In an effort to be "transparent" to its members, the Mormon Church recently released 12 essays that revealed that founding leader Joseph Smith had as many as 40 wives, including one girl who was only 14 years old.
Smith has always been portrayed as a loving husband to his wife Emma, but the essay entitled "Plural Marriage in Kirtland and Nauvoo" proved otherwise. In it, Smith even took women who already had husbands. Polygamy was said to have been "an excruciating ordeal" for his first wife.
However, Smith might not have had sexual relations with all of them because some women were "sealed" to him for the next life, according to The New York Times.
The Mormon Church, also known as the Church of Jesus Christ of Latter-day Saints, decided to share those controversial documents to prove that it had nothing to hide about its past. The church has been marred by numerous controversies before, including its exclusion of Black members.
"There is so much out there on the Internet that we felt we owed our members a safe place where they could go to get reliable, faith-promoting information that was true about some of these more difficult aspects of our history," the church's historian Elder Steven E. Snow said.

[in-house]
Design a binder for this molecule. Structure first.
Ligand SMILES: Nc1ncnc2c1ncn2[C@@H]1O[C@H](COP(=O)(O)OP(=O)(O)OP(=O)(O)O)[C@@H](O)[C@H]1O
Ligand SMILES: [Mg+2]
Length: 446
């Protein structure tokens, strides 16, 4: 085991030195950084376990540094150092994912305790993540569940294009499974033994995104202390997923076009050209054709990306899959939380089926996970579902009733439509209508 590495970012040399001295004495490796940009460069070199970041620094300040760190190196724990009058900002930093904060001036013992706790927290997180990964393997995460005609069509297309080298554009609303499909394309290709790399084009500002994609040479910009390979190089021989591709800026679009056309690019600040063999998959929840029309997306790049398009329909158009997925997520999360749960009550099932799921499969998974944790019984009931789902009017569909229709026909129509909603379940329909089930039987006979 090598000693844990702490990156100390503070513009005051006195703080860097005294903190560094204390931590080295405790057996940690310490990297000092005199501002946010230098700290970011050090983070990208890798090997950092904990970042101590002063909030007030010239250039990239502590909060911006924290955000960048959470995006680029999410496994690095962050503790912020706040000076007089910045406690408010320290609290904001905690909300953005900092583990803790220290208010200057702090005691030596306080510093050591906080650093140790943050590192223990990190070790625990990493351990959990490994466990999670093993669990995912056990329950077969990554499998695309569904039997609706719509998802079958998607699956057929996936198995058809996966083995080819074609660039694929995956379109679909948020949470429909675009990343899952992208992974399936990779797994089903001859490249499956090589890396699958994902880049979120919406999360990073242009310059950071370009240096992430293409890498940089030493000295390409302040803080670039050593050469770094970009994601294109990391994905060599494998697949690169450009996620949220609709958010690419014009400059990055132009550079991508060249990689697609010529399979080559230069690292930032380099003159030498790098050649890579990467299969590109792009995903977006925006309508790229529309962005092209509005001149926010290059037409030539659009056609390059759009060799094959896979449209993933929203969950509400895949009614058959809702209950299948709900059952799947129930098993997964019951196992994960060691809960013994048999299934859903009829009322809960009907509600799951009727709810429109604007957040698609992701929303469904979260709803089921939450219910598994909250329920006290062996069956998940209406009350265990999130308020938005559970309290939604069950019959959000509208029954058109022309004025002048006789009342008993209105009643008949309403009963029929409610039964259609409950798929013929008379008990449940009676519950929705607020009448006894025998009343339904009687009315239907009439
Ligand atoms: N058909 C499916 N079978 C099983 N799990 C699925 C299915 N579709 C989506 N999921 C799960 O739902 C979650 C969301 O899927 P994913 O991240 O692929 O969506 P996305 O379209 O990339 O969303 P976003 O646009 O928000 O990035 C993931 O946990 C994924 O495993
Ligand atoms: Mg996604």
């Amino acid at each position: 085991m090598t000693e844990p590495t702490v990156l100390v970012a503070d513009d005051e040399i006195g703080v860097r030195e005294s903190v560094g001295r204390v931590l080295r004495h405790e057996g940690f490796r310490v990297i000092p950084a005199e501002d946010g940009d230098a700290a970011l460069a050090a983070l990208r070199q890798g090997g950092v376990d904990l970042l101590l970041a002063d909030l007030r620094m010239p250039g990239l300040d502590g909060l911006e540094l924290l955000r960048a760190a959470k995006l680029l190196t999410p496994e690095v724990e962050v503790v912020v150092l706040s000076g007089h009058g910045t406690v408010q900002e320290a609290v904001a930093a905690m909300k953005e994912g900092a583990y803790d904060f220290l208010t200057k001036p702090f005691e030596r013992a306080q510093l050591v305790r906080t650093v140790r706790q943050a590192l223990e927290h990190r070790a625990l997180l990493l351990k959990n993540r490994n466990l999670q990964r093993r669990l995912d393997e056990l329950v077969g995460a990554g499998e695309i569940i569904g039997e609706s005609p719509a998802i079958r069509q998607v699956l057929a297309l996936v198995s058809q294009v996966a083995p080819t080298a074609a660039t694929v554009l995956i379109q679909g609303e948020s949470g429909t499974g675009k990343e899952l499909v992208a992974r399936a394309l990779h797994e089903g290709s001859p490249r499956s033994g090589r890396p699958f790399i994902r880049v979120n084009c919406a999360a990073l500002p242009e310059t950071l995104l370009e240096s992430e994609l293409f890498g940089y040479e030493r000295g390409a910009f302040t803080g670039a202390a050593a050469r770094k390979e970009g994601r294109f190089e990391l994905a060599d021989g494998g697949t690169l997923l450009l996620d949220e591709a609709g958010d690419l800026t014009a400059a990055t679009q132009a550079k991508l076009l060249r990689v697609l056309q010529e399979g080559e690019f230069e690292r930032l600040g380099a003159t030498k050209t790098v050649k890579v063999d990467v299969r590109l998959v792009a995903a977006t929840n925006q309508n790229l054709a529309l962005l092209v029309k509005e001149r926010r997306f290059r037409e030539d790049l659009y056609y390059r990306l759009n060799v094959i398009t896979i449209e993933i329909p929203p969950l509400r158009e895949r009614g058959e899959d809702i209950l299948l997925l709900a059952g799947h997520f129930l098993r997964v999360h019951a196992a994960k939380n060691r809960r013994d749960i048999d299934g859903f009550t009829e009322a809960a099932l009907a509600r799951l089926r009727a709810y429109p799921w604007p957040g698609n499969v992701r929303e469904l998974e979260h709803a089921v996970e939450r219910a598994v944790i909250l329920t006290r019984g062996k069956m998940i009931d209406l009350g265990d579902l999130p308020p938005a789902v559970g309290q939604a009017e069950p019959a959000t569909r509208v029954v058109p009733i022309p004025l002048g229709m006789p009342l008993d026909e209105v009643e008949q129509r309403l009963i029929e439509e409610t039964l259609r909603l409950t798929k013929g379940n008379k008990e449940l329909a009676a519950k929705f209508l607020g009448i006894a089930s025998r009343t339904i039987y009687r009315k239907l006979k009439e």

But the revelation might not have been the best idea, since a lot of members were upset to learn that someone they have looked up to for so long carried such a shocking secret.
"Joseph Smith was presented to me as a practically perfect prophet, and this is true for a lot of people," said Emily Jensen, a blogger and editor.
She, together with some Mormons, underwent the five stages of grief when they learned the truth about Smith's past. The first stage was denial, then anger, followed by bargaining, depression, then acceptance.
"This is not the church I grew up with, this is not the Joseph Smith I love," Jensen said.